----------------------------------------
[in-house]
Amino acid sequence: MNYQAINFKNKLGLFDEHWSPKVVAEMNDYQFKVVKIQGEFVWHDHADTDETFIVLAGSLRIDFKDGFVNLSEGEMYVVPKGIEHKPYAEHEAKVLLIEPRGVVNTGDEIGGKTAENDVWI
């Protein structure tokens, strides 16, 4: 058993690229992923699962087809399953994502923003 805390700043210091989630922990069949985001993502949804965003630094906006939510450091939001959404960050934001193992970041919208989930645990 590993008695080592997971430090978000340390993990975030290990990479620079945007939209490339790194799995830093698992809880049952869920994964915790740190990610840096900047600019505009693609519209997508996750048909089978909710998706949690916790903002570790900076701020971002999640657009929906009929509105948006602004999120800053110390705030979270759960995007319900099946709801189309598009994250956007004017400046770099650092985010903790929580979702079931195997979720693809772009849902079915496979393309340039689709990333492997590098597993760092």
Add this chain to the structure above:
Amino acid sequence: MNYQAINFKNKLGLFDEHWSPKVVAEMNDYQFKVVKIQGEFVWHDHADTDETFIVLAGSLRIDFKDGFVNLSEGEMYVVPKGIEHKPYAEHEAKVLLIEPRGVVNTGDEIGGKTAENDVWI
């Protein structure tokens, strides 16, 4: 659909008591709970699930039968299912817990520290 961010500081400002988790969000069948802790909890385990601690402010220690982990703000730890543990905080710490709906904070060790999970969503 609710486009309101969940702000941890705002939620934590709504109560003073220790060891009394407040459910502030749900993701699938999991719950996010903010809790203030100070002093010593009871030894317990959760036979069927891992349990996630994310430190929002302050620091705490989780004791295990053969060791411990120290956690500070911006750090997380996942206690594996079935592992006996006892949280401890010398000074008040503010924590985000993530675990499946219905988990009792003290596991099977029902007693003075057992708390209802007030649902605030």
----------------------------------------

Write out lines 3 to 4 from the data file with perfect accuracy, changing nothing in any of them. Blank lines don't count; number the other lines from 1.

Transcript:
């Protein structure tokens, strides 16, 4: 058993690229992923699962087809399953994502923003 805390700043210091989630922990069949985001993502949804965003630094906006939510450091939001959404960050934001193992970041919208989930645990 590993008695080592997971430090978000340390993990975030290990990479620079945007939209490339790194799995830093698992809880049952869920994964915790740190990610840096900047600019505009693609519209997508996750048909089978909710998706949690916790903002570790900076701020971002999640657009929906009929509105948006602004999120800053110390705030979270759960995007319900099946709801189309598009994250956007004017400046770099650092985010903790929580979702079931195997979720693809772009849902079915496979393309340039689709990333492997590098597993760092």
Add this chain to the structure above: